War of the Rebellion: Serial 127 Page 0736 CORRESPONDENCE, ETC.

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bare idea of connection. When they see a President making war without the assent of Congress, when they behold judges threatened because they maintain the writ of habeas corpus so sacred to freemen; when they see justice and law trampled under the armed heel of military authority, and upright men and innocent women dragged to distant dungeons upon the mere edict of a despot; when they find all this tolerated and applauded by a people who had been in the full enjoyment of freed but a few months ago-they believe that there must be some radical incompatibility between such a people and themselves. With such a people was may be content to live at peace, but the separation is final, and for the independence we have asserted we will accept no alternative.

The nature of the hostilities which they have wages against us must be characterized as barbarous wherever it is understood. They have bombarded undefended villages without giving notice to women and children to enable them to escape, and in one instance selected the night as the period when they might surprise them most effectually whilst asleep and unsuspicious of danger. Arson and rapine, the destruction of private houses and property, and injuries of the most wanton character, even upon non-combatants, have marked their forays along our borders and upon our territory. Although we ought to have been admonished by these things that they were disposed to make war upon us in the most cruel and relentless spirit, yet we were not prepared to see them fit out a large naval expedition, with the confessed purpose not only to pillage, but to incite a service insurrection in our midst. If they convert their soldiers into incendiaries and robbers, and involve us in a species of war which claims non-combatants, women, and children as its victims, they must expect to be treated as outlaws and enemies of mankind. There are certain rights of humanity which are entitled to respect even in war, and he who refuses to regard them forfeits his claims, if captured, to be considered as a prisoner of war, but must expect to be dealt with as an offender against all law, human and divine.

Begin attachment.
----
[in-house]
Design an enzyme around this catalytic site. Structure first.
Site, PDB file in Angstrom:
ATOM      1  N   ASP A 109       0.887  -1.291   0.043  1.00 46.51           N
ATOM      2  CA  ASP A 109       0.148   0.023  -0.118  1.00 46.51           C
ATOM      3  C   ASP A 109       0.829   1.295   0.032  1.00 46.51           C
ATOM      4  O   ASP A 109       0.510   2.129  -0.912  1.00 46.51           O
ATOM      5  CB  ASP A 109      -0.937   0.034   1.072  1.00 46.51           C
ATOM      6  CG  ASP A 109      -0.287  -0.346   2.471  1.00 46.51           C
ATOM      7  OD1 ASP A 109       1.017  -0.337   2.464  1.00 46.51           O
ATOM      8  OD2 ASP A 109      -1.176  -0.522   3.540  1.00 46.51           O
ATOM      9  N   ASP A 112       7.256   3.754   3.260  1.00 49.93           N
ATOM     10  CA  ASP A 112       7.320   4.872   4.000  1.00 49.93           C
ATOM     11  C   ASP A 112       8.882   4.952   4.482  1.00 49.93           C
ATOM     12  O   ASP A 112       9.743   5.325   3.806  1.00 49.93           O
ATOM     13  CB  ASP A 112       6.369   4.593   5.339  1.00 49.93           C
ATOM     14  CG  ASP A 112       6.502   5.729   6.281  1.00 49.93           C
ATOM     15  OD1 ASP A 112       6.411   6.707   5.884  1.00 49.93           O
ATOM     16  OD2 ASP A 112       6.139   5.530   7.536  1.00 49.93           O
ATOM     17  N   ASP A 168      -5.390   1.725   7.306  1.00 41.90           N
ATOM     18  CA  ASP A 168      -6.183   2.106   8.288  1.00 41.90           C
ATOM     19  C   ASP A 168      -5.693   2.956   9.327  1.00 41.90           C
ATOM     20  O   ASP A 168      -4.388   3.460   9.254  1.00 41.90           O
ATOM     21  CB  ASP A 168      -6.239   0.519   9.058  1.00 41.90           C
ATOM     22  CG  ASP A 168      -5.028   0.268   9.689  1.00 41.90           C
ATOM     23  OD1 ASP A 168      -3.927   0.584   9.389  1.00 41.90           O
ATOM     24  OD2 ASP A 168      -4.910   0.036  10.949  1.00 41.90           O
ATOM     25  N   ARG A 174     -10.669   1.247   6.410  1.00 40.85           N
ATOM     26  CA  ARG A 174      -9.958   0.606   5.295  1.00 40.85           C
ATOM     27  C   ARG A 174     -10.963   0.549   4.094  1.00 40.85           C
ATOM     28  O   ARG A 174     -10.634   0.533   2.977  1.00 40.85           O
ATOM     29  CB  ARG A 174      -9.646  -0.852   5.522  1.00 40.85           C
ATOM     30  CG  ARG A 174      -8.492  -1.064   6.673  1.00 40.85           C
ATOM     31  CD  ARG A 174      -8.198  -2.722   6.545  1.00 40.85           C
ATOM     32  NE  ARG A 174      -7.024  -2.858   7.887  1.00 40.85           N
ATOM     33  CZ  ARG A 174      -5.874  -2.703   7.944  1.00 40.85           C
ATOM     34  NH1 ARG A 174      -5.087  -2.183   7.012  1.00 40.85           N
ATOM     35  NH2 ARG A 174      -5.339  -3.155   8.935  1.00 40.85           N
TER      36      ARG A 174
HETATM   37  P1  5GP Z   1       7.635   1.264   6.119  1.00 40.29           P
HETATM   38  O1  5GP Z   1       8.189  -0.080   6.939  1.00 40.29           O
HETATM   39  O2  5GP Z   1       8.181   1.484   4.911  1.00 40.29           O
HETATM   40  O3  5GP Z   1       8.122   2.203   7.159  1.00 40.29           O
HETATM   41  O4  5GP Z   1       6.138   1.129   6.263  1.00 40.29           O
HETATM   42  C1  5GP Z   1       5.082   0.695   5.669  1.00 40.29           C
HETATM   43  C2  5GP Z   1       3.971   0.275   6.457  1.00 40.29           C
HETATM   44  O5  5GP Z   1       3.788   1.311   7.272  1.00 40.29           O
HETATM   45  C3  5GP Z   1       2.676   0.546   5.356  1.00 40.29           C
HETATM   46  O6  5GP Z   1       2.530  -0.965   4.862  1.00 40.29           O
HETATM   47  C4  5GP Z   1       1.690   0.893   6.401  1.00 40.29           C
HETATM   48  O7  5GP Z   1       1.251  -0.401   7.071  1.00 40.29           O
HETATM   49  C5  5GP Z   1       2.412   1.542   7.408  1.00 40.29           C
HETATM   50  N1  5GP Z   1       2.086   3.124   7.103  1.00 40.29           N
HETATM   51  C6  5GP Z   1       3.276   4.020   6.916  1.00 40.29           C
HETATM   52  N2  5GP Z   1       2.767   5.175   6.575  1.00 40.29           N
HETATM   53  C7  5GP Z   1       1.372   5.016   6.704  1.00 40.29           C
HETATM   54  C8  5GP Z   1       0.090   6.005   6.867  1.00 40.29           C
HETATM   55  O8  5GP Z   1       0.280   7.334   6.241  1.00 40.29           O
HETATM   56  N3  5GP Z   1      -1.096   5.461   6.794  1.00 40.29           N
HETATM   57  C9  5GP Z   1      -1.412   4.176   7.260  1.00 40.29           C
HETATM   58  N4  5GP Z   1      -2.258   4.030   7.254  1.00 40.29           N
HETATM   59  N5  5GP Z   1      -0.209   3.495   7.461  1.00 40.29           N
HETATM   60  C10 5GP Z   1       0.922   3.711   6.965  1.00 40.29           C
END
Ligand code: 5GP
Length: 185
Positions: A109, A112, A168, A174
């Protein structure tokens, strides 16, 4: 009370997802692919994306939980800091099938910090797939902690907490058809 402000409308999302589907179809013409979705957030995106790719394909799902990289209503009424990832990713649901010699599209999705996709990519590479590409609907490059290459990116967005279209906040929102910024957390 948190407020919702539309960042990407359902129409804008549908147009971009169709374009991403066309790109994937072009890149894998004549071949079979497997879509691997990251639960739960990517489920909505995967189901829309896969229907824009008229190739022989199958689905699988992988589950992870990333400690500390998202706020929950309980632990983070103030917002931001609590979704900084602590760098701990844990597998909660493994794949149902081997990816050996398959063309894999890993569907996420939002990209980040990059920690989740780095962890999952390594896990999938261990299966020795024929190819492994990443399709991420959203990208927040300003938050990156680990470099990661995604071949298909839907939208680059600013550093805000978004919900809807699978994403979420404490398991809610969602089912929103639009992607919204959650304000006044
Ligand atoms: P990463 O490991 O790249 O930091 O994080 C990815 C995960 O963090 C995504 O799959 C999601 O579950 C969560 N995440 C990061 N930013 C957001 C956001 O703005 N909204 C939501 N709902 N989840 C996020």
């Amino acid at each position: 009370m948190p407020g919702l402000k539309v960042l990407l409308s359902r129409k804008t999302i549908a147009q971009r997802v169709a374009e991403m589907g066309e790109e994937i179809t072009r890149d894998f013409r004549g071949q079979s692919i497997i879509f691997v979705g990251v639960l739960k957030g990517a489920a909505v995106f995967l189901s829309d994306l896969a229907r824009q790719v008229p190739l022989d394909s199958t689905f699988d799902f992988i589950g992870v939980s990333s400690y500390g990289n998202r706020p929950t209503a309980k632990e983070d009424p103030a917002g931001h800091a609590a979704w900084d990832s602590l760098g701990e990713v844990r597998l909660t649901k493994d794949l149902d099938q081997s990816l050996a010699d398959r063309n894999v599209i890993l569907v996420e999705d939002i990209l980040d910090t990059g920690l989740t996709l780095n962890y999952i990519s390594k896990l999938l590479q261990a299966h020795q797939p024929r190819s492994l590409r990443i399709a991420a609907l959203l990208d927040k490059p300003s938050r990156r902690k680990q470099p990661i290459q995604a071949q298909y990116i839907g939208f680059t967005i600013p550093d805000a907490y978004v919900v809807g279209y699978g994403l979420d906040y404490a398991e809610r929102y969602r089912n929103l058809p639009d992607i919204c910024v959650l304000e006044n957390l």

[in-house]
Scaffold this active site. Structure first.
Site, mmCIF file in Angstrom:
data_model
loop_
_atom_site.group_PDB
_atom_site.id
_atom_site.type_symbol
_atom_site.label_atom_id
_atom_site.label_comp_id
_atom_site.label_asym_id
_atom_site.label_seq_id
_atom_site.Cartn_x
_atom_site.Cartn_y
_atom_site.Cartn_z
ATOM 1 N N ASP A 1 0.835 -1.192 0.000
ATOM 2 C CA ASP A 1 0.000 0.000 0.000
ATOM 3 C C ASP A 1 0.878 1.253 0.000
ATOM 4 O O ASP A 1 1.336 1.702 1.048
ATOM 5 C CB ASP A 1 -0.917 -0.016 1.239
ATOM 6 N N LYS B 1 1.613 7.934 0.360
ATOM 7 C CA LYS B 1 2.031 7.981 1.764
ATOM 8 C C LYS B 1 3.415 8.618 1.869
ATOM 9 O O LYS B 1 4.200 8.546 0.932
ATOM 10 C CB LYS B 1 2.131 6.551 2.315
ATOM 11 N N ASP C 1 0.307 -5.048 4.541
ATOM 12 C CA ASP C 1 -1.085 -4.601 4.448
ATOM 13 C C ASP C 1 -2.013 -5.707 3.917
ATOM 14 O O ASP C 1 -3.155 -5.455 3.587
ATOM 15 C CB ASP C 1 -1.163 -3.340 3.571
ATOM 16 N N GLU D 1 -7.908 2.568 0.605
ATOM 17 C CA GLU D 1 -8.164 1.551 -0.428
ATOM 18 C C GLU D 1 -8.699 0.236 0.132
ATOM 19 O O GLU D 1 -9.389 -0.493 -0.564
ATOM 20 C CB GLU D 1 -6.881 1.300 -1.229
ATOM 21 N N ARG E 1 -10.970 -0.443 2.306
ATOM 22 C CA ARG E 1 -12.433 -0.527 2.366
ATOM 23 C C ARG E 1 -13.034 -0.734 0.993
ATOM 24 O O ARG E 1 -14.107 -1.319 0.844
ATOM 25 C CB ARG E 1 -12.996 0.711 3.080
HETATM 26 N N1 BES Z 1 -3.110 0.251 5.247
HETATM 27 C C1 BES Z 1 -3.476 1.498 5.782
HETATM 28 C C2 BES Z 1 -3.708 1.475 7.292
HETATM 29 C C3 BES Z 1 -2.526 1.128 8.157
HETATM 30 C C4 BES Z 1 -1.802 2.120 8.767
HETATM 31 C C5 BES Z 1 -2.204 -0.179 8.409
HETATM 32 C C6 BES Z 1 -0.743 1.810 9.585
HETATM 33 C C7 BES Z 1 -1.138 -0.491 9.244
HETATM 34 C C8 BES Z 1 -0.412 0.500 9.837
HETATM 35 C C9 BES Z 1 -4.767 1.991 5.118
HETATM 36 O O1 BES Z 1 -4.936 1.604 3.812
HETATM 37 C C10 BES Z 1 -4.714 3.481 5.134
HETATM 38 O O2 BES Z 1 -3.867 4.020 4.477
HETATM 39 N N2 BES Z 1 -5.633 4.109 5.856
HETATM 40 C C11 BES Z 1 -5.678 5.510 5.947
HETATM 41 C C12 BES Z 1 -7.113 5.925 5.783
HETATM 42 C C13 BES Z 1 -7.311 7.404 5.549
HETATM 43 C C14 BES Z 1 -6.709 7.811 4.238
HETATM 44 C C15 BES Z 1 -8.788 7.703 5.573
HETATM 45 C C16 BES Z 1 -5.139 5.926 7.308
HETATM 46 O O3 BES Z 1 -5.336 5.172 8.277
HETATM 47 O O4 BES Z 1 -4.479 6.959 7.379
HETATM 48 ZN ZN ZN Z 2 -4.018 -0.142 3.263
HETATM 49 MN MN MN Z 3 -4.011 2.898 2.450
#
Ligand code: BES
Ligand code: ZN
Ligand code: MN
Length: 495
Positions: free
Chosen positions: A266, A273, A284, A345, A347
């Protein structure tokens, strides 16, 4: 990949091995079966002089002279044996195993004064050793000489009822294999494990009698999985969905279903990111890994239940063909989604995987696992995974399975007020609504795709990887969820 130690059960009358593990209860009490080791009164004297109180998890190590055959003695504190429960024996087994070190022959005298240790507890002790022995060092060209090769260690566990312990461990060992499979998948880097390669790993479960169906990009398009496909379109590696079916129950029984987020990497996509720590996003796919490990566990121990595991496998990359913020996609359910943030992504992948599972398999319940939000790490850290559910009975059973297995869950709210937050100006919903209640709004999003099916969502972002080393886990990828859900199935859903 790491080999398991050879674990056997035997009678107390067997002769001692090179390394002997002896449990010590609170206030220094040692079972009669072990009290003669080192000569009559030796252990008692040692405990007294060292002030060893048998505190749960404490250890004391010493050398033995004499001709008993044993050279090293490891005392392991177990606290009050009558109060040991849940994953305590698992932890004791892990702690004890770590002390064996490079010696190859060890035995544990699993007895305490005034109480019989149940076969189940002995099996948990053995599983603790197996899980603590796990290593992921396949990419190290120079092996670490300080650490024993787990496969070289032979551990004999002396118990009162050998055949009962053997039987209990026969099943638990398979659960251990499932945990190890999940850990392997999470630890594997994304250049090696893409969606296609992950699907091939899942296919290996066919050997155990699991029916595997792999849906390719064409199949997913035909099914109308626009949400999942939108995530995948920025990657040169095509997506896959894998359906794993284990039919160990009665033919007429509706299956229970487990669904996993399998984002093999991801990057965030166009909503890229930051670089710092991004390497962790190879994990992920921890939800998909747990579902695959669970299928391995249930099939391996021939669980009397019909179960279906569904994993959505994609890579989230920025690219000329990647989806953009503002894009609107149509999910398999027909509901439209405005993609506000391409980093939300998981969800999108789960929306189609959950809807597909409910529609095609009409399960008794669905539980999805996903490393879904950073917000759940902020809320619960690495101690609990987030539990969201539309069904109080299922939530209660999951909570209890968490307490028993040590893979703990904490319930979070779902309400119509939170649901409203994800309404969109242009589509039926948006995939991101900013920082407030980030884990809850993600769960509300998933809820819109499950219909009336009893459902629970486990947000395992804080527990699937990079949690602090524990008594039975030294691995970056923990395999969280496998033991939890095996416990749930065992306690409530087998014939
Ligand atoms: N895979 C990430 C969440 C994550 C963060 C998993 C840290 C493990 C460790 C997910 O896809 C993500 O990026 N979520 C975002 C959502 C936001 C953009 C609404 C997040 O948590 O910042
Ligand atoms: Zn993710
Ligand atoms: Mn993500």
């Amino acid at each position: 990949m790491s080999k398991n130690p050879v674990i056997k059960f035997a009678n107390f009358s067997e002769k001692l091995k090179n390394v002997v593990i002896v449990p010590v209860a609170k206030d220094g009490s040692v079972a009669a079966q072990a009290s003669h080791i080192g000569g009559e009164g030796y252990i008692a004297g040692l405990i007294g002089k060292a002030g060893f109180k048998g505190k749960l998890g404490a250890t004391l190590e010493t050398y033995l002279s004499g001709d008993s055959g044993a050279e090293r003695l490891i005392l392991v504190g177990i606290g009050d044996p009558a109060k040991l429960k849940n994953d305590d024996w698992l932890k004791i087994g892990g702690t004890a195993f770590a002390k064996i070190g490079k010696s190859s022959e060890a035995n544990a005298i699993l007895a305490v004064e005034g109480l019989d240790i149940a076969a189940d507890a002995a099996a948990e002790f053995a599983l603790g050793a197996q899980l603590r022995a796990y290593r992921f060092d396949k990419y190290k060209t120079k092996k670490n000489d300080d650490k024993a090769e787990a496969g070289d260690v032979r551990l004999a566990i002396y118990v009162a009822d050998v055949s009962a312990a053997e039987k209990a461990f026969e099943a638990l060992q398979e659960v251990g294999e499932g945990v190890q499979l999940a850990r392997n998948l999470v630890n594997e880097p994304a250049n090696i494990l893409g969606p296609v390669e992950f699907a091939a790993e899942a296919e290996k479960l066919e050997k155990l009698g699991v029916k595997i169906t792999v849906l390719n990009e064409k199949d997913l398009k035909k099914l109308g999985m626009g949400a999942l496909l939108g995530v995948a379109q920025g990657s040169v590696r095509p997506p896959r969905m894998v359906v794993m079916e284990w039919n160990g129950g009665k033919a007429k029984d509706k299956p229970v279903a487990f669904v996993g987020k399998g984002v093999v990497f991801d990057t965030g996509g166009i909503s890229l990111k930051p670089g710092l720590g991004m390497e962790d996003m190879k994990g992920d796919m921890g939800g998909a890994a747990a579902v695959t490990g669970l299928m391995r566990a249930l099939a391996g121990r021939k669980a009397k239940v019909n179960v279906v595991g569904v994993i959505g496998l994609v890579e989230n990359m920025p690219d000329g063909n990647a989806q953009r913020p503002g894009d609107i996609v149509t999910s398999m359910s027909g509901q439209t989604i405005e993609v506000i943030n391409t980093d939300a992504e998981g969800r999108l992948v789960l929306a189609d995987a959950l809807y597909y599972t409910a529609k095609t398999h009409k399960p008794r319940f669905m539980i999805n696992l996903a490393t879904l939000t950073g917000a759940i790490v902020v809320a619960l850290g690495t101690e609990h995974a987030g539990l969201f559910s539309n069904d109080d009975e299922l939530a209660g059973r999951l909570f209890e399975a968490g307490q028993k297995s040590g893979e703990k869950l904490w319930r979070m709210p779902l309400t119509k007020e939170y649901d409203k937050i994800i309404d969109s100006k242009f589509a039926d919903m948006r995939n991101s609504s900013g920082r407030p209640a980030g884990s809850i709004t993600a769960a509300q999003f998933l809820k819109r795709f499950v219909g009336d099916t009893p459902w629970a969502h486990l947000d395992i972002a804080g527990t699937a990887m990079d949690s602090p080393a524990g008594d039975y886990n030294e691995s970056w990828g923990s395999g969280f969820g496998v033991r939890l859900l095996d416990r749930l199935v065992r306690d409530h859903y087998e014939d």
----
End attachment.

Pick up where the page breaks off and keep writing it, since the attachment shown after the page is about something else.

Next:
But not content with violating our rights under the law of nations at home, they have extended these injuries to us within other jurisdictions. The distinguished gentlemen whom, with your approval at the last session, I commissioned to represent the Confederacy at certain foreign courts, have been recently seized by the captain of a U. S. ship of war on board a British steamer on their voyage from the neutral Spanish port of Havana to England. The United States have thus claimed a general jurisdiction over the high seas, and entering a British ship, sailing under its country's flag, violated the rights of embassy, for the most part held sacred even amongst barbarians, by seizing our ministers whilst under the protection and within the dominions of a neutral nation. These gentlemen were as much under the jurisdiction of the British Government upon that ship and beneath its flag as if they had been on its soil, and a claim on the part of the United States to seize them in the streets of London would have been as well founded as that to apprehend them where they were taken. Had they been malefactors and citizens even of the United States they could not have been arrested on a British ship or on British soil, unless under the express provisions of a treaty and according to the forms therein provided for the extradition of criminals.

But rights the most sacred seem to have lost all respect in their eyes. When Mr. Faulkner, a former minister of the United States to France, commissioned before the secession of Virginia, his native